STEM Education, Teens, and Team Action Learning
Joseph’s kick-off post for this month’s theme of education describes
the alienation that results from the factory model of Western education. According to John Abbott, Director of The 21st Century Learning Initiative, Frederick Winslow Taylor, the father of “scientific management” was horrified that the skilled craftsmen in his father’s factory enjoyed their work. This meant they overlooked efficiency in favor of enjoyment.
Taylor’s answer? Study the work process, break it down into steps, and create rules and regulations, so workers don’t have to think.
I could share my own story of alienation from formal education, but I won’t here. Instead, I’m going to share how public high school students discovered enjoyment of science, engineering, and technology through a hands-on team learning project.
According to this year’s Lemelson-MIT Invention Index1, an annual survey that gauges Americans’ perceptions about invention and innovation, teens are enthusiastic about science, technology, engineering and mathematics, with 77 percent interested in pursuing a career in these fields.
While teens are enthusiastic about these fields, they prefer non-traditional learning. Regardless of setting, two-thirds of teens chose hands-on individual projects and hands-on group projects as the types of classroom-based educational methods they enjoy most.
In my last post, I described how my son’s struggles in a traditional, academically competitive high school led me to become involved with a parent group. In 10th grade he transferred to Minuteman Career and Technical High School in Lexington, MA, and I became involved in coaching student teams preparing for a new design challenge sponsored by MIT.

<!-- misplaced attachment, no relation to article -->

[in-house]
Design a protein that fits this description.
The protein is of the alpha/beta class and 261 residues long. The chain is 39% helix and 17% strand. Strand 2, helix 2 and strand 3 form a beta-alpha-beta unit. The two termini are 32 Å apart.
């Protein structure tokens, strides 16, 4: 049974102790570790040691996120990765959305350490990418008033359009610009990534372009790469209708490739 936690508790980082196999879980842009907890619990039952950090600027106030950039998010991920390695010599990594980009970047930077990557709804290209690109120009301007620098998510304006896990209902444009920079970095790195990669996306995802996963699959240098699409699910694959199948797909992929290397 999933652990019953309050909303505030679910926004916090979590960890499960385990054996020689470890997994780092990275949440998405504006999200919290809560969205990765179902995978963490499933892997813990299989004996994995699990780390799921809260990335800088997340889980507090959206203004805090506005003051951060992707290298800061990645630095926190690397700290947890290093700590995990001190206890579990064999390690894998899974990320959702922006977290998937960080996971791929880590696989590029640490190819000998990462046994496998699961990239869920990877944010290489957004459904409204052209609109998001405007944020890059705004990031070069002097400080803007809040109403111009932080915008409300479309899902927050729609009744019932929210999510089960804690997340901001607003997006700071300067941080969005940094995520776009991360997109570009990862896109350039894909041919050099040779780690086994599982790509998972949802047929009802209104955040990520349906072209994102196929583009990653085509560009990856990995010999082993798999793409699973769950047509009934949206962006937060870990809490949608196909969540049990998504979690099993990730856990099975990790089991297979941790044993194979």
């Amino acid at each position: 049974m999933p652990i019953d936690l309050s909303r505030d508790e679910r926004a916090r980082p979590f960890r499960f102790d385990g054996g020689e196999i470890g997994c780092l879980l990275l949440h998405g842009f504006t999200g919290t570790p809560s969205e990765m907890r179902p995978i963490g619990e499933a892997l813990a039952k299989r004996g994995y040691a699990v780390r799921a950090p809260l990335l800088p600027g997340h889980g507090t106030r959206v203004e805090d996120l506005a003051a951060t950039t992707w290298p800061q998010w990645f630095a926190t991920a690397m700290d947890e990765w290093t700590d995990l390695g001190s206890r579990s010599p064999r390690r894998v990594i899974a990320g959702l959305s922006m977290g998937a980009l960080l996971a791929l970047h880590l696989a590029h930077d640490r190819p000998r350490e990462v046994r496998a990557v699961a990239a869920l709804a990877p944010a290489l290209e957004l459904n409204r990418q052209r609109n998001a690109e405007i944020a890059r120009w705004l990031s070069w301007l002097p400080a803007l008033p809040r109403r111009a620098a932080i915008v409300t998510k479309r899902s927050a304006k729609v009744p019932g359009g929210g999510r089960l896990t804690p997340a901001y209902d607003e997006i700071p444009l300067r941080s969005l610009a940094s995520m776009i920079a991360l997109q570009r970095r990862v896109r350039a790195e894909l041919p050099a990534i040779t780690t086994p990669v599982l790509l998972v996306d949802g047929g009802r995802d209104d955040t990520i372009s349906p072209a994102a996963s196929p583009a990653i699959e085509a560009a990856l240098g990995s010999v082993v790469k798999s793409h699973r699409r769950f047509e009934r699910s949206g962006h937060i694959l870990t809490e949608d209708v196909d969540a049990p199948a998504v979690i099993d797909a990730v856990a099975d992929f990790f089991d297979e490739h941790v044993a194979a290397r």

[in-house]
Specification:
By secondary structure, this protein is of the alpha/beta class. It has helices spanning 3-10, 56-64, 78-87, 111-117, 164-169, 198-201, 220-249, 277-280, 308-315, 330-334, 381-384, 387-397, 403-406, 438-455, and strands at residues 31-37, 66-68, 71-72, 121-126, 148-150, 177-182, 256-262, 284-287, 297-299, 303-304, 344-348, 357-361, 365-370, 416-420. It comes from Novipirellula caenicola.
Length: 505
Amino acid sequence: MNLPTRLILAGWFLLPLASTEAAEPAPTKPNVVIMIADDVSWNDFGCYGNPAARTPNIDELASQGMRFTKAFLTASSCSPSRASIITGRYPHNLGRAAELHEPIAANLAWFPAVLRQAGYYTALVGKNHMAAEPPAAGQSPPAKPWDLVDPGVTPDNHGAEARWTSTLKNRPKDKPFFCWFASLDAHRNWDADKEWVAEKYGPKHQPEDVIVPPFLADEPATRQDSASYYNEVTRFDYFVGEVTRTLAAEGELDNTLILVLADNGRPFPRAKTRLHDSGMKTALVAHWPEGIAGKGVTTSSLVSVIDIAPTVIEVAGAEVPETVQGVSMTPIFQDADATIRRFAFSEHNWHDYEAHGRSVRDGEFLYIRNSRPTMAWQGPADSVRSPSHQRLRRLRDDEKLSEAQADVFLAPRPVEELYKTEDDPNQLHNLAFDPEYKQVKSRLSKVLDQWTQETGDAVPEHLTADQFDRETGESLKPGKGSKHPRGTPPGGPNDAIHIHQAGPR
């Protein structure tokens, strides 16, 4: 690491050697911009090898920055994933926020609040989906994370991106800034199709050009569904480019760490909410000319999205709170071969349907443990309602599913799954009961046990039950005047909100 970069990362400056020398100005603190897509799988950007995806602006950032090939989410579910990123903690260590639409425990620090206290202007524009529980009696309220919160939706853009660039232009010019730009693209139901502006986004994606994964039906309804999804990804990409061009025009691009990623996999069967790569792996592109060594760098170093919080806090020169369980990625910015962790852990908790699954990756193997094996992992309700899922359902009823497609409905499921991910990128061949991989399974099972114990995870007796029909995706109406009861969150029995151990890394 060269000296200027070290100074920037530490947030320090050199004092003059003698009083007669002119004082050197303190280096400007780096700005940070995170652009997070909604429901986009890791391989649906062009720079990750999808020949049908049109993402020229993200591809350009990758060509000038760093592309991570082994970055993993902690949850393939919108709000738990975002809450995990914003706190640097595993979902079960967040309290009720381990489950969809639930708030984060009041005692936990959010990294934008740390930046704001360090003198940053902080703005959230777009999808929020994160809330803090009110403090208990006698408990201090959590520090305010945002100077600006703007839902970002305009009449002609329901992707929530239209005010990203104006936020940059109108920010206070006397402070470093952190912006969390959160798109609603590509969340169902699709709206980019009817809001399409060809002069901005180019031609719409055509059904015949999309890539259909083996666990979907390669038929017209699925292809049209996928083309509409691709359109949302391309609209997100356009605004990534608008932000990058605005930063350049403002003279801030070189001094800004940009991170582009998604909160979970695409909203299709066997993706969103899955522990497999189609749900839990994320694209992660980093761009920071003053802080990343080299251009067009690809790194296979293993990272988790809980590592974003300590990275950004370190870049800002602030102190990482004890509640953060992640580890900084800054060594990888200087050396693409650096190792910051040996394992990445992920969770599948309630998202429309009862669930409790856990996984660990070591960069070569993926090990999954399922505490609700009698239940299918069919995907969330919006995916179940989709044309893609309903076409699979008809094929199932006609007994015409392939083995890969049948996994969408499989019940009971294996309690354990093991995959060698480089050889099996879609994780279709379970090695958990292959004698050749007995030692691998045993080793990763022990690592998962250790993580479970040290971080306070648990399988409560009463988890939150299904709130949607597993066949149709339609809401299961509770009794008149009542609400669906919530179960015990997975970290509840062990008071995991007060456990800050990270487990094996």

Called the Windy 500, the competition was part of the first-ever EurekaFest, a multi-day celebration of innovation and invention sponsored by the Lemelson-MIT Program and held at the Museum of Science in May 2007. The whole idea of the event is to make science, engineering and innovation appealing to teens.
I became involved when two of the teachers coaching the teams (one was my son’s Robotics teacher) asked if I could help them improve how the teams worked together after learning of my work as a consultant with technical teams at the Federal Aviation Administration.
I met with the teacher-coaches and learned of their frustrations helping the student teams collaborate. I offered to design three 1-hour action learning sessions on teaming 1 month before the event, 1 day before the event, and 1 month after the event.
Students would use insights from their own experiences, along with some suggestions from me, to learn how to improve their collaboration skills.
Session 1: Create and Test a Team Success Model
For the first session, one month before the Windy 500, I met with the three student teams in a group action learning session. I began by asking the students to think of a time they were part of a group or team that they felt was successful or worked well.
Volunteers provided two examples: being on a soccer team, and organizing a community event to raise money for a Girl Scout trip.
Next, I asked each volunteer to “tell the story of what happened.” Then I invited all the students to comment by asking, “What stood out? What do you notice?” These questions prompt reflection, with no right or wrong answers.